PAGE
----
Published 26.03.2015
by Kids’ Own

Phase One of the 100-Year History Project: supporting children as researchers

The 100-year history project is a creative commemoration project funded by The Department of Foreign Affairs Reconciliation Fund. The project engages children and teachers from 12 schools in Ireland and Northern Ireland with the Decade of Commemorations, through research and creative activity alongside a professional artist and writer. The 100-year history project is led by Kids’ Own in partnership with Kilkenny Education Centre (representing the Association of Teacher Education Centres in Ireland) and the Belfast Education & Library Board.

The project is phased to encompass child-led research, exploring the wider political events of the decade 1912-22 through the lens of local and family histories. The second phase, pending further funding from The Department of Foreign Affairs, will involve a deepening of the research, and the creation of a body of artwork and writing that will be drawn together into a children’s history book for dissemination to schools and libraries north and south.

100 year history project100 year history project

100 year history project











  • Develop a cross-border network between 12 schools north and south, and provide opportunities for dialogue and sharing of ideas and approaches through the project;
  • Challenge received myths and perceptions around historical events from 1912-22, and break the culture of silence surrounding these events;
  • Develop a unique commemorative book publication to provide a legacy that promotes children’s inclusion in commemorations, and the power of the child’s voice to challenge the perceptions of adults;
  • Develop a strong interagency cross-border partnership between Kids’ Own, the Association of Teacher Education Centres in Ireland, and Belfast Education & Library Board, as a solid framework within which to support work with children & young people in educational settings;
  • Support a way of working that involves children as action researchers within their own communities and that recognises the transformative value of the arts for breaking down cultural barriers;
  • Bring together over 300 children and adults from Ireland and Northern Ireland for a high-profile launch of the 100-year history book publication.


Phase I: workshops with artist Ann Donnelly & writer Mary Branley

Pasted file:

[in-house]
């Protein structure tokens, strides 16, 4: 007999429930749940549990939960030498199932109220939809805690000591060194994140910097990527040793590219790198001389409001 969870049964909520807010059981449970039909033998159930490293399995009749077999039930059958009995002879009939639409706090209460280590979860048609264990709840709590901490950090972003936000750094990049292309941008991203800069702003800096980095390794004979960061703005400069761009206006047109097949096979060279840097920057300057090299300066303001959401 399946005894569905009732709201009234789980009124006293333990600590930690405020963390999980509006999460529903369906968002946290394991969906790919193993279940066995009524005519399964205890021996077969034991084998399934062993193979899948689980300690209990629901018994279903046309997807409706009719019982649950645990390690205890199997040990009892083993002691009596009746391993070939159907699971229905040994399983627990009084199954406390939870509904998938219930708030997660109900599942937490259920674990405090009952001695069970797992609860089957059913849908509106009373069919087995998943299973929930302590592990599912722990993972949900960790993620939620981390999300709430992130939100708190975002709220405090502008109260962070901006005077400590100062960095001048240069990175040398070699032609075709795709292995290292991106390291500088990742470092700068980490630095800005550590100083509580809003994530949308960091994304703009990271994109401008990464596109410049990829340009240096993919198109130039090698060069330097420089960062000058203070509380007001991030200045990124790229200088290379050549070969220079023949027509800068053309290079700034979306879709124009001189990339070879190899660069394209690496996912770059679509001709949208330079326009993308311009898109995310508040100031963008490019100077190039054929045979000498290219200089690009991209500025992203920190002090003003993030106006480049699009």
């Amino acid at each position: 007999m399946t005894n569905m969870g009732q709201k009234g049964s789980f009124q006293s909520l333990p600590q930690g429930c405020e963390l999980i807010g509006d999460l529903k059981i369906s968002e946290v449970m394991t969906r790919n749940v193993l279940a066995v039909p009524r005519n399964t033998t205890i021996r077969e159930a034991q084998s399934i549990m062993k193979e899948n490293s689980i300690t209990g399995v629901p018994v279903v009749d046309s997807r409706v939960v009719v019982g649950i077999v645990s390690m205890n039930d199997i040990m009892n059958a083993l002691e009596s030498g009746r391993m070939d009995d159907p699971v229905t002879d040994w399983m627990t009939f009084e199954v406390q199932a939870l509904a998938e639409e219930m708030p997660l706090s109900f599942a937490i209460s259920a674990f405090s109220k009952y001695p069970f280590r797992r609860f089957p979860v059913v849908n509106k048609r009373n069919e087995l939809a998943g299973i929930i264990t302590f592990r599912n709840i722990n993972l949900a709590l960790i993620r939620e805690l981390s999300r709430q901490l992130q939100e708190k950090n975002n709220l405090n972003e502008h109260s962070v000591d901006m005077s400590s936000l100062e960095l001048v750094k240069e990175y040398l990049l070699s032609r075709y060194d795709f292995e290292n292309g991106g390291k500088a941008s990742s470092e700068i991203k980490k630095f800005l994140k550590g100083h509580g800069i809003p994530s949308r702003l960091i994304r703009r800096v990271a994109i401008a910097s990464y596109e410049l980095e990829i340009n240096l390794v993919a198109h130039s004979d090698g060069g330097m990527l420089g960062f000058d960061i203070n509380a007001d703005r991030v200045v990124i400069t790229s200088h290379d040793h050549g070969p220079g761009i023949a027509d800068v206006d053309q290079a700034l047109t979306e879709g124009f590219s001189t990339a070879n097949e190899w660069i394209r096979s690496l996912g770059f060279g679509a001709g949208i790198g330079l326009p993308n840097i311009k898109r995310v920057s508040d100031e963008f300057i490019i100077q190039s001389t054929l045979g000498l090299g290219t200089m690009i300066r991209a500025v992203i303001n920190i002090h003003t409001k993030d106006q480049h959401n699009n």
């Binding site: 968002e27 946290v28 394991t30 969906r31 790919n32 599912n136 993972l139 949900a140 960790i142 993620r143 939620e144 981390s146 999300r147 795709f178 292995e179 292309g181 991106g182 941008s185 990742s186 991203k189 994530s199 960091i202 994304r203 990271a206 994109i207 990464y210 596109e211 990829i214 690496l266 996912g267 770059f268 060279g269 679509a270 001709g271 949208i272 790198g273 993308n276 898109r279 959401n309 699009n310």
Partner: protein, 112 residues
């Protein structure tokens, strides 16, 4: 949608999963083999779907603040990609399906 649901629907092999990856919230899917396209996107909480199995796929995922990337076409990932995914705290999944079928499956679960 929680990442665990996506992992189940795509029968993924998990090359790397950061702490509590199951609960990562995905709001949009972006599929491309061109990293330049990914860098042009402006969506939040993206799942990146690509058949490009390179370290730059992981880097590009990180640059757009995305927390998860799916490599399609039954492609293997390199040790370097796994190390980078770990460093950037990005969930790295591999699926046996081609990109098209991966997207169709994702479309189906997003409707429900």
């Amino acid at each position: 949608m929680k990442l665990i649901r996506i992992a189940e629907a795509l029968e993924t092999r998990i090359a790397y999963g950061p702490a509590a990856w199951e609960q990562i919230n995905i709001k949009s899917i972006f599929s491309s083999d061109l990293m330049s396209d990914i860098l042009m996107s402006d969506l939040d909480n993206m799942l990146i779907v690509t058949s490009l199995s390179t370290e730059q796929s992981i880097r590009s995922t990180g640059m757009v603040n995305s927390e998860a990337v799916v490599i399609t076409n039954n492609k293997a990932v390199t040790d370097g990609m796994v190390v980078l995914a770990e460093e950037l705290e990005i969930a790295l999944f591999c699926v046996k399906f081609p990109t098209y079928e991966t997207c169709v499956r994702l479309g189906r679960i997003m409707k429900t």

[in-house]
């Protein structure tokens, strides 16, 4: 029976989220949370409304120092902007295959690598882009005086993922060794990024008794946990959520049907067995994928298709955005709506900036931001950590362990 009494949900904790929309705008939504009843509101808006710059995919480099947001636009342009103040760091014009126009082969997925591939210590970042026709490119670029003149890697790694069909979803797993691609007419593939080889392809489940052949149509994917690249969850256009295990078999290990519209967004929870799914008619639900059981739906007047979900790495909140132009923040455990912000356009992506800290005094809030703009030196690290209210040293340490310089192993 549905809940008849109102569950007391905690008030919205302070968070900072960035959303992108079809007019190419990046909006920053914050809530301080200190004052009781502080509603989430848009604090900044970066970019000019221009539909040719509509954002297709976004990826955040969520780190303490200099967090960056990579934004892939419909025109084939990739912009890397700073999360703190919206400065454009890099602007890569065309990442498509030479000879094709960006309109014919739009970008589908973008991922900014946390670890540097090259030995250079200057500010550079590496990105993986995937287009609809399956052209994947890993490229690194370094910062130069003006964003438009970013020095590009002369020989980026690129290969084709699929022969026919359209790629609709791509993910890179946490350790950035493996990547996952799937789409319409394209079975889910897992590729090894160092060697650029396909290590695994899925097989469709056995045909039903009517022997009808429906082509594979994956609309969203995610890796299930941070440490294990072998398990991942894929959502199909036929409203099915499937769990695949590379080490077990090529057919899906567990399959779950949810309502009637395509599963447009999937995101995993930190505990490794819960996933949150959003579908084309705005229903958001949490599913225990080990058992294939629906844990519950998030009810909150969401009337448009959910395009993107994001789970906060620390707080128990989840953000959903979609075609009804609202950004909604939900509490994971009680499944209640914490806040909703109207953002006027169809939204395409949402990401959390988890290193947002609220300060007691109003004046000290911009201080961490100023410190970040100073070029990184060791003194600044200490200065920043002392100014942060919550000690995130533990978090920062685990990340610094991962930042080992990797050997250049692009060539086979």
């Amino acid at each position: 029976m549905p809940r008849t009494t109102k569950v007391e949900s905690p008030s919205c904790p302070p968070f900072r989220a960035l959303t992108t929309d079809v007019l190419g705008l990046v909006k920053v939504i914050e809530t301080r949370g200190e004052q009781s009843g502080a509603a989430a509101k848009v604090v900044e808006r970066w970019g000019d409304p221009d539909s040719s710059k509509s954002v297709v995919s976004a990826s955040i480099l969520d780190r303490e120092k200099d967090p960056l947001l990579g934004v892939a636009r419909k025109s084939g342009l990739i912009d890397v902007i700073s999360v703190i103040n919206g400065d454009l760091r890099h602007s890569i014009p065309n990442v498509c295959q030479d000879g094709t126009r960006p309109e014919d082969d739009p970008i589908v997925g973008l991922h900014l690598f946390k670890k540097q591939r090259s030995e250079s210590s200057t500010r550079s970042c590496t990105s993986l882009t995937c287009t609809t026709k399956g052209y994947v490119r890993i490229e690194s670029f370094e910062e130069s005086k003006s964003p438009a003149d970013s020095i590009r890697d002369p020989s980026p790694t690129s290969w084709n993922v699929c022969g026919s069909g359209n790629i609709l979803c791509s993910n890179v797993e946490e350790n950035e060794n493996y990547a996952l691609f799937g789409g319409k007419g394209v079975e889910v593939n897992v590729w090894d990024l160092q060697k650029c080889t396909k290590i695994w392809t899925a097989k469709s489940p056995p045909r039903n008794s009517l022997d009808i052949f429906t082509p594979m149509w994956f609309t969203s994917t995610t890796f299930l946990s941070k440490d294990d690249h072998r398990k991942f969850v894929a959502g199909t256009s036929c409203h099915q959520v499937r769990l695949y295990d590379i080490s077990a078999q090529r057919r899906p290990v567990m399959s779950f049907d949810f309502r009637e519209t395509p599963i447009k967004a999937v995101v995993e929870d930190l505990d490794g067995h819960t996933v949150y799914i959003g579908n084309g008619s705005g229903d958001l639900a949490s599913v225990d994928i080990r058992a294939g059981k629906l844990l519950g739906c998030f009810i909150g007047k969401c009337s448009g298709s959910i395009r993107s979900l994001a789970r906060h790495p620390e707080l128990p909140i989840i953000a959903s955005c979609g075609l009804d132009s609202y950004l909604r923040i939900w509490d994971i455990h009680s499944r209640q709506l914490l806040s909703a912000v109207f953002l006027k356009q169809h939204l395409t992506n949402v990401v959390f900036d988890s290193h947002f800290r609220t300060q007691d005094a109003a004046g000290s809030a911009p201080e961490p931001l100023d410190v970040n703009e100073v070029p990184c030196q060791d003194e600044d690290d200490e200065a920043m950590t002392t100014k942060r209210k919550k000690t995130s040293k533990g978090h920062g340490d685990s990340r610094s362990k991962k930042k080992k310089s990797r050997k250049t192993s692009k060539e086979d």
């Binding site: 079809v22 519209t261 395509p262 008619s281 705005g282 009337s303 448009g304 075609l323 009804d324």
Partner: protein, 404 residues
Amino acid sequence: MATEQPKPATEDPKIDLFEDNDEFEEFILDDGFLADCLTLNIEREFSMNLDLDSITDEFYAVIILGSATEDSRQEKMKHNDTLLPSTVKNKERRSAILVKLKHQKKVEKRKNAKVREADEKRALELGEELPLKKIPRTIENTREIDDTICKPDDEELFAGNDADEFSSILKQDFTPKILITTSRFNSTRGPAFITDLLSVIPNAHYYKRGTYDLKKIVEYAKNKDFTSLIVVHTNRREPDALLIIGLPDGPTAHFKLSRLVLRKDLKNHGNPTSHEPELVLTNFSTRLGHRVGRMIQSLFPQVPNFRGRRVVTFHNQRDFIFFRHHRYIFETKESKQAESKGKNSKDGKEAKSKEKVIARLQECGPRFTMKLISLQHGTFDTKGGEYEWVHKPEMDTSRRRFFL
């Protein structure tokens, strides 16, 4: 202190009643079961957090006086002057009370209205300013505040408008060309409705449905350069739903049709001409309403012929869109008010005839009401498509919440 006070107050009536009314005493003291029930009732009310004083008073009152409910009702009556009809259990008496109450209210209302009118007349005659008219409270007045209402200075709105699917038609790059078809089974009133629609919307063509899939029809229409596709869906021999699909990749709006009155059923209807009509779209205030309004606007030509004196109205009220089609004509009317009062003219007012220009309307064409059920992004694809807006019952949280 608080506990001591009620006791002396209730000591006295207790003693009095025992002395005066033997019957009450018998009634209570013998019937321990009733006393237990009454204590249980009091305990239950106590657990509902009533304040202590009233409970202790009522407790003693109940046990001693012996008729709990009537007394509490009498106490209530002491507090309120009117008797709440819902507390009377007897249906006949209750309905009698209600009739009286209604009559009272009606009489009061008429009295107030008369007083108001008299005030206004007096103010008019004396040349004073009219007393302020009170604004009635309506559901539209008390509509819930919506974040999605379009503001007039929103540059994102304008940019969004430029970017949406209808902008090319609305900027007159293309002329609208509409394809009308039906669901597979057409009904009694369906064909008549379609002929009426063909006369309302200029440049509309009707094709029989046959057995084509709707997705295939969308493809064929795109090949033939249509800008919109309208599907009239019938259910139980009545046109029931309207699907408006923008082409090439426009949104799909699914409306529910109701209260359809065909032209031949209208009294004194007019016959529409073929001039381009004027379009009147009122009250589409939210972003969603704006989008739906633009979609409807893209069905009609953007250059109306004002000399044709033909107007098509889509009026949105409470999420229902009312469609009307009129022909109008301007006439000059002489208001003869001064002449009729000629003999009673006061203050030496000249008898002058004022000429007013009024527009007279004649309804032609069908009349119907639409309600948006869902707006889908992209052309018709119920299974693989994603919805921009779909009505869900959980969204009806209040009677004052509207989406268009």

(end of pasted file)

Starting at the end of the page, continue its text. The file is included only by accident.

Jan-March 2015

100 year history project


The first phase of the project involved a series of workshops, which took place at each of the 12 participating schools. As the first contact between the artist, the writer and the children, the session was about making connections, building trust and brainstorming the period 1912-22, and getting ideas for areas that could be researched in more depth by the children and teachers, before the next sessions in Phase II.



100 year history project


Among the areas of interest that emerged were: World War 1, the 1913 Lockout, the 1916 uprising and the War of Indpendence, the Beggars Bush barracks, international perspectives of the World War – from Latvian and Polish children with family stories, and the Suffragettes, as well as many investigations into social histories running alongside, e.g. the Linen Industry; transport developments; local trade and industry in each area.



Reflections from the artists on the workshops:

I saw the girls from St Brigid’s in Haddington Road filling several metres of wax paper with their questions that they wanted to find the answers for about the 1913 Lockout. Their questions were wide-ranging and often very intelligent and the whole class was hungry for the answers.’ – Artist Ann Donnelly

I was delighted on seeing a comment made by an inspector on March 31st 1915 to the extent that the school was in “exemplary order” in perfect handwriting. It was as if the veils of time lifted. The names of the children were in Irish after 1921.’ – Writer Mary Branley

We all looked at a medal from 1916 that a child had brought in, and within a very short time the children had cross-referenced the information from the medal on their ipads and discovered that it wasn’t from 1916 but from the war of independence.‘ – Artist Ann Donnelly